A List of Likely Supreme Court Nominees
While Biden hides his list of potential picks, Trump considers five worthy women.
If Barack Obama taught us anything about presidential politics, it’s that personality trumps policy. Because even as inept and insufferably arrogant as he was, Obama the person was always viewed more favorably than were his ruinous policies. Try as they might, his media enablers simply couldn’t keep putting lipstick on all those far-left legislative pigs.
So it is with Joe Biden and his mystery list of potential Supreme Court nominees. He promised us he’d release it, but now he says he’ll avoid doing so in order to honor our “cherished system of checks and balances.” Uh-huh.
“First, putting a judge’s name on a list like that could influence that person’s decision-making as a judge,” he now says, “and that would be wrong — or at least create the perception it would influence. Second, anyone put on a list like that under these circumstances will be subject to unrelenting political attacks.”
Translation: My handlers won’t let me release “my” list, because they know you respect the Bill of Rights and the Rule of Law.
The Left, generally, loathes transparency. But it’s worked well for President Donald Trump — especially with his focus on the judiciary. Exit polling from 2016 confirmed that one in five voters said that the makeup of the Supreme Court was their most important issue, and 57% of them cast a vote for Trump. In fact, Trump might be the most transparent president in history. He invariably tells the American people what he’s going to do, and then he goes out and does it with dogged determination.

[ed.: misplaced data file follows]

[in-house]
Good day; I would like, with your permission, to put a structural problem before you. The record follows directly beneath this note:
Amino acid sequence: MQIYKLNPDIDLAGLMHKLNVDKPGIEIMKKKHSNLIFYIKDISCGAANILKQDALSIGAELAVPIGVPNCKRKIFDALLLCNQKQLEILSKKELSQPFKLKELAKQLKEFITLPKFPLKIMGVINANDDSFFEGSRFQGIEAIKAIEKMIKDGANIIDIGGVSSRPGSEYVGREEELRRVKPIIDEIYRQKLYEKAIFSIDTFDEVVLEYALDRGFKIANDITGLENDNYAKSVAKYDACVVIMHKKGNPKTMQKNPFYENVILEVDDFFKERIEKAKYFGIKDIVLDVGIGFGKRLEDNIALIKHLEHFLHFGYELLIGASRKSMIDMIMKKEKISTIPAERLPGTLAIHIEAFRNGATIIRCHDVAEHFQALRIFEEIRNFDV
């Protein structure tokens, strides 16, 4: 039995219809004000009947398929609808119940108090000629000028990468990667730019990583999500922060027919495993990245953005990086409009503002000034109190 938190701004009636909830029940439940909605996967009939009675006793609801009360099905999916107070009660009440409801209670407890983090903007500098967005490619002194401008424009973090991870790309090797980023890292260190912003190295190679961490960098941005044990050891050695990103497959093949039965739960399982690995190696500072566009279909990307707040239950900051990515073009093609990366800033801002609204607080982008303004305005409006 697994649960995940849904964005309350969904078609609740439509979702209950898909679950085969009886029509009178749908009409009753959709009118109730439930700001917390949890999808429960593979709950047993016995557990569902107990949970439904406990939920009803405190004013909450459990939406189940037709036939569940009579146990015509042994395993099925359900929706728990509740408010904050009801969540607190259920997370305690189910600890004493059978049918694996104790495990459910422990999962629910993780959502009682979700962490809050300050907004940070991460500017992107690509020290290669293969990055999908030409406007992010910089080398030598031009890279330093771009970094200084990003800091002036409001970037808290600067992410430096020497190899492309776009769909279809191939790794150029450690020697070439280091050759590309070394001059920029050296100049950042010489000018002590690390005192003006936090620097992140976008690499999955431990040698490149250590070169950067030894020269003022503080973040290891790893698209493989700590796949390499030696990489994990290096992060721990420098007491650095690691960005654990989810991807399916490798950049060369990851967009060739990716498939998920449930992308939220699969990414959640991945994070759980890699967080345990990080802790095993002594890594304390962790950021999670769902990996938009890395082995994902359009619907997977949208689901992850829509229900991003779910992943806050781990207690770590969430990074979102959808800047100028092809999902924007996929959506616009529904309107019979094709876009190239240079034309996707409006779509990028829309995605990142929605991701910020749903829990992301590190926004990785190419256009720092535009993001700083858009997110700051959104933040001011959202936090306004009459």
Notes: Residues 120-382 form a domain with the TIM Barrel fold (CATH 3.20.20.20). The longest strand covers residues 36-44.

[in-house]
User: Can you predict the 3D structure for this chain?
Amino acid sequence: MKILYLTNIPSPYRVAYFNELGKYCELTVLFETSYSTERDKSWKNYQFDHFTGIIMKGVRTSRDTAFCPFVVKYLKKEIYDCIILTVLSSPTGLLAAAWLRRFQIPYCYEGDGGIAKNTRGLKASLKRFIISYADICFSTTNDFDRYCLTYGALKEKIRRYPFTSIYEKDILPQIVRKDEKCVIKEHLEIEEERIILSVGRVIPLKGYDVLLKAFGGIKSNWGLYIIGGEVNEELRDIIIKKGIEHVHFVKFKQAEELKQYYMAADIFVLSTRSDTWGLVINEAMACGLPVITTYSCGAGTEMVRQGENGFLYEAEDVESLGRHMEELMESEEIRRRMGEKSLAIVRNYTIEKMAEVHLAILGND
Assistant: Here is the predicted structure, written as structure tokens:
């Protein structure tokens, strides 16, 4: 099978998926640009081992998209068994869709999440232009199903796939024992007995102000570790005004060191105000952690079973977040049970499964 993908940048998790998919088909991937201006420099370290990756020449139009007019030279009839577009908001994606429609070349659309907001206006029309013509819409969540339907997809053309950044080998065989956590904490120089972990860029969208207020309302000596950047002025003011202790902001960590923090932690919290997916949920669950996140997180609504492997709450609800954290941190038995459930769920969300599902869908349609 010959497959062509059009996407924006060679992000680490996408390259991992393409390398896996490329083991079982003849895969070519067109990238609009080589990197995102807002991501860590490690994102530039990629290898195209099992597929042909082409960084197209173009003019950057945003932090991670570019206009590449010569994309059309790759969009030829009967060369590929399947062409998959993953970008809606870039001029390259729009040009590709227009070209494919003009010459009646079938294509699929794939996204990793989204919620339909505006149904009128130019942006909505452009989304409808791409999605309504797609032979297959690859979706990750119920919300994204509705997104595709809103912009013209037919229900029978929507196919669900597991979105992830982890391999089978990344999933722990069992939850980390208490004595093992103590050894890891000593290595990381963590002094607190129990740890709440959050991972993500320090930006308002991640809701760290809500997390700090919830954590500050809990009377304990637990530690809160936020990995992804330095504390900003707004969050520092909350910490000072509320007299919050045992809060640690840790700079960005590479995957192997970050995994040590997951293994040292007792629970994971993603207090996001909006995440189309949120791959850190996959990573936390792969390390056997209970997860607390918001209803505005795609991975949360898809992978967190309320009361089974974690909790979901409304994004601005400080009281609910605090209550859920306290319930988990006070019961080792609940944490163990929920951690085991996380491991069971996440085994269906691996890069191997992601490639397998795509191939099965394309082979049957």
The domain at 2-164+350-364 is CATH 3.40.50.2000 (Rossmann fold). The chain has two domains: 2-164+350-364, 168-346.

Not long before he began experiencing cognitive decline and became a presidential puppet, Joe Biden also believed in transparency. Recall that he was once fond of saying, “Show me your budget, and I’ll tell you what you value.” And the same applies to judges, does it not? Show me your judicial list, and I’ll tell you what you value.
Here, then, is what Joe Biden values regarding the judiciary: .
And here is what Donald Trump values:
Amy Coney Barrett: The betting favorite to fill this vacancy, Barrett, 48, a judge on the Seventh Circuit Court of Appeals, was on the short list of nominees to fill Antonin Scalia’s seat, which instead went to Neil Gorsuch. Barrett is a solidly conservative Midwesterner, a Catholic, a former Notre Dame law professor, a mother of seven, and the judge about whom President Trump reportedly said, “I’m saving her for Ruth’s seat.” As such, she met with President Trump on Monday, and she’s already being viciously smeared by the Left.
Barbara Lagoa: A late riser among potential nominees, Lagoa, 52, was appointed to the Eleventh Circuit Court of Appeals last year by Donald Trump. Before that, she sat on the Florida Supreme Court. She’s also a Catholic, a mother of three, and the daughter of Cuban refugees who fled the Castro regime. Lagoa long ago served pro bono on the legal team representing the Miami-based relatives of Cuban-born Elian Gonzalez in an internationally famous child custody case against the Clinton administration. Since then, she’s authored or participated in sound rulings on executive power, felon voting rights, and minimum wage laws among others. She’ll meet with President Trump when he travels to Florida on Friday.
Joan Larsen: In just a few short years, this little-know legal scholar from Michigan has become a prominent federal appeals court judge and now a candidate for the High Court. Larsen, 51, a former Michigan Supreme Court justice who now sits on the Sixth Circuit Court of Appeals, clerked for the late Antonin Scalia in the early 1990s and eulogized him at his funeral in 2016.
Allison Jones Rushing: Prior to her appointment to the Fourth Circuit Court of Appeals in 2019, Rushing, who’s just 38, was a partner at a prestigious law firm. Rushing, a North Carolina native, has clerked for Justice Clarence Thomas on the Supreme Court and then-Judge Neil Gorsuch on the Tenth Circuit Court.
Kate Todd: Currently the deputy assistant to the president and deputy counsel to the president, Todd, 45, served as senior vice president and chief counsel of the United States Chamber Litigation Center and as a law firm partner. She also clerked for Justice Clarence Thomas and graduated magna cum laude from Harvard Law School.
The president has declared he’ll announce his pick at 5:00 p.m. Saturday.
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